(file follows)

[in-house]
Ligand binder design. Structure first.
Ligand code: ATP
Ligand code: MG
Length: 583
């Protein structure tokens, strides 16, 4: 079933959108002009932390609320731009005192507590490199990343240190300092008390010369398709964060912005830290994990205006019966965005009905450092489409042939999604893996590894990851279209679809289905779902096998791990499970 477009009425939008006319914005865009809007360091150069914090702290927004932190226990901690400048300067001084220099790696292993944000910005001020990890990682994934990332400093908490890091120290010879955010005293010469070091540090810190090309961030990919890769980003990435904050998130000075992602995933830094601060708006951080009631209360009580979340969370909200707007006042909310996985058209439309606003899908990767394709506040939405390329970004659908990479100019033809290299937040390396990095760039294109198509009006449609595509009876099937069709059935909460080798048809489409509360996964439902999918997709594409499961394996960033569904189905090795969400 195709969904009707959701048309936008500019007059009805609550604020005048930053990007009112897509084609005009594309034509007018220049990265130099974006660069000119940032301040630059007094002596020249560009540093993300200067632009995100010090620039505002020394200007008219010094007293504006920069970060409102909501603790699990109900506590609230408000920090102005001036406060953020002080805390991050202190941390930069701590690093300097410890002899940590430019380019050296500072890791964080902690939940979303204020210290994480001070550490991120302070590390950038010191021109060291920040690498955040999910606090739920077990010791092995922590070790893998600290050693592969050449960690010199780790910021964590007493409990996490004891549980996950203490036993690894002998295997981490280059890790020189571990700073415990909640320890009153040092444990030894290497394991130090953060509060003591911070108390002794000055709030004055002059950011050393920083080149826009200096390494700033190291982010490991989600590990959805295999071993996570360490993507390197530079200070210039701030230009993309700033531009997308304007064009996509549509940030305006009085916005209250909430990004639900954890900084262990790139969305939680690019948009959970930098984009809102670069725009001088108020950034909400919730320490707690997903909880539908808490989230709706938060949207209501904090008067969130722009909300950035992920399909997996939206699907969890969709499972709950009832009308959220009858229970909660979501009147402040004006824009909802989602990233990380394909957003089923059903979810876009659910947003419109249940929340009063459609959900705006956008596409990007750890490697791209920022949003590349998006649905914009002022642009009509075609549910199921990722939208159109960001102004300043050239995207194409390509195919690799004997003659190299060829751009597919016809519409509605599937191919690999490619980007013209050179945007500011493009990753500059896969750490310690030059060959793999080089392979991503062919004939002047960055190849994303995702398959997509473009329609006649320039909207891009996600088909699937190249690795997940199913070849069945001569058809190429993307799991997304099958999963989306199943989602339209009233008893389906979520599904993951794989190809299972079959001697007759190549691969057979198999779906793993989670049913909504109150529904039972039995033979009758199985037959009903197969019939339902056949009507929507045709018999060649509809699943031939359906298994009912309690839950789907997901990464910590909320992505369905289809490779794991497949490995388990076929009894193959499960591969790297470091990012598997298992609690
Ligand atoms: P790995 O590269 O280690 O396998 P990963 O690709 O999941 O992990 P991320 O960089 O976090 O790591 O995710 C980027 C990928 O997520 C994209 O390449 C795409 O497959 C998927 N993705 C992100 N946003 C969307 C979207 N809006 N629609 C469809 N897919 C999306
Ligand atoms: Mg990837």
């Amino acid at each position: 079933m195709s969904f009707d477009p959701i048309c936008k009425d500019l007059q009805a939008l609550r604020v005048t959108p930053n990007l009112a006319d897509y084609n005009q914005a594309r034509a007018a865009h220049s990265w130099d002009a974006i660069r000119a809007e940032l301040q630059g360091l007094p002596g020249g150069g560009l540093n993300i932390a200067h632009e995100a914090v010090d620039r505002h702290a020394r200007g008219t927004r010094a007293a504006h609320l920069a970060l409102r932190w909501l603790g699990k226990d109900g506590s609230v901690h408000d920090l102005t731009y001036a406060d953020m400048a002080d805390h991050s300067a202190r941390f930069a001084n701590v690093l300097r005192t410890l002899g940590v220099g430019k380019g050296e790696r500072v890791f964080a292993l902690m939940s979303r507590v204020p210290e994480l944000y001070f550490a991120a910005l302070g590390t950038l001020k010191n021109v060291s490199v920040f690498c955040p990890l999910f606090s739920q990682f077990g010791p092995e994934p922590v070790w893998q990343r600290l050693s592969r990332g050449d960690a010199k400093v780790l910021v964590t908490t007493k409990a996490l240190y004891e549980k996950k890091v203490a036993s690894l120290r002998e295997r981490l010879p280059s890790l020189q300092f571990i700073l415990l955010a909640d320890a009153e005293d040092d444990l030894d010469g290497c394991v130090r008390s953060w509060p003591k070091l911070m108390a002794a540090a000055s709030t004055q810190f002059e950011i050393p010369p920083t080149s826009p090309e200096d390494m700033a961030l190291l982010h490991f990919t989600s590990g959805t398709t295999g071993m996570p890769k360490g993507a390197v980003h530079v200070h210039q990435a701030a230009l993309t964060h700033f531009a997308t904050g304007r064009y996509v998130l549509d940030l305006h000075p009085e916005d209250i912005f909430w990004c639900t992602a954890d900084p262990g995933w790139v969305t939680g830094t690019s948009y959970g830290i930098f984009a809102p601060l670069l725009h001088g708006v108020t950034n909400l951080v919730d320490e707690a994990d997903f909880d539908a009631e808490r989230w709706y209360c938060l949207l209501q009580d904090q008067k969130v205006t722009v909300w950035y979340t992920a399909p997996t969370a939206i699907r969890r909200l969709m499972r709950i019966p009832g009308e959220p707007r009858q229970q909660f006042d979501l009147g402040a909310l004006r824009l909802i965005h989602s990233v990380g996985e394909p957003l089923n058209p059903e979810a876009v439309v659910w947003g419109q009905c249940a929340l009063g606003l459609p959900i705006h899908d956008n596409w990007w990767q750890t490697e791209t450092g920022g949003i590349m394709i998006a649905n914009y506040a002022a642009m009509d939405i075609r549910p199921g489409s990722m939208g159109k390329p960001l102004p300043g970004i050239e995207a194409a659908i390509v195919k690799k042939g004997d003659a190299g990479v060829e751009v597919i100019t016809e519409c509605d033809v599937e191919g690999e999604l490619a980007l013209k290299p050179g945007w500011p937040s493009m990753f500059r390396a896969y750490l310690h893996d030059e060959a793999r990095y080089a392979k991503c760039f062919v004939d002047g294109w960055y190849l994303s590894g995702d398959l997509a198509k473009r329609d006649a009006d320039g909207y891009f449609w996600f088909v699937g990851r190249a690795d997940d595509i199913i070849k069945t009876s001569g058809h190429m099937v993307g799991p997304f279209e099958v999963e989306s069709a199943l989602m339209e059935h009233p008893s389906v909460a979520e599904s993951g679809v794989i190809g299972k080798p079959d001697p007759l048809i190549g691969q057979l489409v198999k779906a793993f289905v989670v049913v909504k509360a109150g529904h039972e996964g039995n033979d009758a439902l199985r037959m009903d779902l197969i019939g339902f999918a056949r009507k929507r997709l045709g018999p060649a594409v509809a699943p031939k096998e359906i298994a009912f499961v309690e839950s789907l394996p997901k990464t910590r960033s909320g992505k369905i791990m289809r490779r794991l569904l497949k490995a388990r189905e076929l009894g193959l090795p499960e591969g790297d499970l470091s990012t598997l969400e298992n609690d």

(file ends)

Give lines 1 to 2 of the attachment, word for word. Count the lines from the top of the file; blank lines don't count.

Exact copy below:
[in-house]
Ligand binder design. Structure first.